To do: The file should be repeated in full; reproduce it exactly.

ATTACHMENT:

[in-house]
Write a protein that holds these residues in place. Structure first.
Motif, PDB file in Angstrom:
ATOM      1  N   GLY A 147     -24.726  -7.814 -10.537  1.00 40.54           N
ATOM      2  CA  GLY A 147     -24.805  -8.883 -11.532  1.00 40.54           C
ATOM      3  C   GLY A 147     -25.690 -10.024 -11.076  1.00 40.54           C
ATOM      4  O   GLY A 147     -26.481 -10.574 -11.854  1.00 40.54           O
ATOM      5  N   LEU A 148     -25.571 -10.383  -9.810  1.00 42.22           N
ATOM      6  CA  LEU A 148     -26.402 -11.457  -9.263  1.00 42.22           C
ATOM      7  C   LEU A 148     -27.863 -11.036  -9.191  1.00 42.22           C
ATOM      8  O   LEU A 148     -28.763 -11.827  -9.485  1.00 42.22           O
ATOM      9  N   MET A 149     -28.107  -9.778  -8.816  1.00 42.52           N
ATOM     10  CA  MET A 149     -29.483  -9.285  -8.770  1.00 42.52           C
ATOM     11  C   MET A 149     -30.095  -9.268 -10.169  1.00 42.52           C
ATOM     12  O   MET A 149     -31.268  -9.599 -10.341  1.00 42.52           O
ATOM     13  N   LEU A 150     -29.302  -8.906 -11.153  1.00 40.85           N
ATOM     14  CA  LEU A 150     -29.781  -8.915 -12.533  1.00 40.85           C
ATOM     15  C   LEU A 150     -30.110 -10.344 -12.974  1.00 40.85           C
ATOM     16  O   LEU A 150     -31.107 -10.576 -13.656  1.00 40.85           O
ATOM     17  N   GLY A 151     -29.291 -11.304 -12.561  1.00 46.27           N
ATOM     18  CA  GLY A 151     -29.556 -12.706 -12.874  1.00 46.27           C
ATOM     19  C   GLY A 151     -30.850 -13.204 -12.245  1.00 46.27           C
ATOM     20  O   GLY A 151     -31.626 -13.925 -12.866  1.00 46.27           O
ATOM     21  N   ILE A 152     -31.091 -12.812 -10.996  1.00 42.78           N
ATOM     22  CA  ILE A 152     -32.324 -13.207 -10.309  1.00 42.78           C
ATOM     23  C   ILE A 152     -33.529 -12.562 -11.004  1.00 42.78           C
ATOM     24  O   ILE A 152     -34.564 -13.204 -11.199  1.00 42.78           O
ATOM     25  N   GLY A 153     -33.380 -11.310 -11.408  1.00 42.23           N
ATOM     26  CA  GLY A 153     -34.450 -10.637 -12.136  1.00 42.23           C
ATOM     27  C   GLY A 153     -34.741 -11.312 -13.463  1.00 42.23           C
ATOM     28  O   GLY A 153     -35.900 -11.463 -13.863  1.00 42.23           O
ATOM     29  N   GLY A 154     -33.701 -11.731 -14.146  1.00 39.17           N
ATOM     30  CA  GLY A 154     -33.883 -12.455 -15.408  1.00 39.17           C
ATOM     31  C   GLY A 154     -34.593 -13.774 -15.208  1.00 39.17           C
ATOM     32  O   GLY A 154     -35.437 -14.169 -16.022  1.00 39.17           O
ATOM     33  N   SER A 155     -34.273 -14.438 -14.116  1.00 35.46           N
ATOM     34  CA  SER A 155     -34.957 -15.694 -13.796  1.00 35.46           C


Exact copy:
[in-house]
Write a protein that holds these residues in place. Structure first.
Motif, PDB file in Angstrom:
ATOM      1  N   GLY A 147     -24.726  -7.814 -10.537  1.00 40.54           N
ATOM      2  CA  GLY A 147     -24.805  -8.883 -11.532  1.00 40.54           C
ATOM      3  C   GLY A 147     -25.690 -10.024 -11.076  1.00 40.54           C
ATOM      4  O   GLY A 147     -26.481 -10.574 -11.854  1.00 40.54           O
ATOM      5  N   LEU A 148     -25.571 -10.383  -9.810  1.00 42.22           N
ATOM      6  CA  LEU A 148     -26.402 -11.457  -9.263  1.00 42.22           C
ATOM      7  C   LEU A 148     -27.863 -11.036  -9.191  1.00 42.22           C
ATOM      8  O   LEU A 148     -28.763 -11.827  -9.485  1.00 42.22           O
ATOM      9  N   MET A 149     -28.107  -9.778  -8.816  1.00 42.52           N
ATOM     10  CA  MET A 149     -29.483  -9.285  -8.770  1.00 42.52           C
ATOM     11  C   MET A 149     -30.095  -9.268 -10.169  1.00 42.52           C
ATOM     12  O   MET A 149     -31.268  -9.599 -10.341  1.00 42.52           O
ATOM     13  N   LEU A 150     -29.302  -8.906 -11.153  1.00 40.85           N
ATOM     14  CA  LEU A 150     -29.781  -8.915 -12.533  1.00 40.85           C
ATOM     15  C   LEU A 150     -30.110 -10.344 -12.974  1.00 40.85           C
ATOM     16  O   LEU A 150     -31.107 -10.576 -13.656  1.00 40.85           O
ATOM     17  N   GLY A 151     -29.291 -11.304 -12.561  1.00 46.27           N
ATOM     18  CA  GLY A 151     -29.556 -12.706 -12.874  1.00 46.27           C
ATOM     19  C   GLY A 151     -30.850 -13.204 -12.245  1.00 46.27           C
ATOM     20  O   GLY A 151     -31.626 -13.925 -12.866  1.00 46.27           O
ATOM     21  N   ILE A 152     -31.091 -12.812 -10.996  1.00 42.78           N
ATOM     22  CA  ILE A 152     -32.324 -13.207 -10.309  1.00 42.78           C
ATOM     23  C   ILE A 152     -33.529 -12.562 -11.004  1.00 42.78           C
ATOM     24  O   ILE A 152     -34.564 -13.204 -11.199  1.00 42.78           O
ATOM     25  N   GLY A 153     -33.380 -11.310 -11.408  1.00 42.23           N
ATOM     26  CA  GLY A 153     -34.450 -10.637 -12.136  1.00 42.23           C
ATOM     27  C   GLY A 153     -34.741 -11.312 -13.463  1.00 42.23           C
ATOM     28  O   GLY A 153     -35.900 -11.463 -13.863  1.00 42.23           O
ATOM     29  N   GLY A 154     -33.701 -11.731 -14.146  1.00 39.17           N
ATOM     30  CA  GLY A 154     -33.883 -12.455 -15.408  1.00 39.17           C
ATOM     31  C   GLY A 154     -34.593 -13.774 -15.208  1.00 39.17           C
ATOM     32  O   GLY A 154     -35.437 -14.169 -16.022  1.00 39.17           O
ATOM     33  N   SER A 155     -34.273 -14.438 -14.116  1.00 35.46           N
ATOM     34  CA  SER A 155     -34.957 -15.694 -13.796  1.00 35.46           C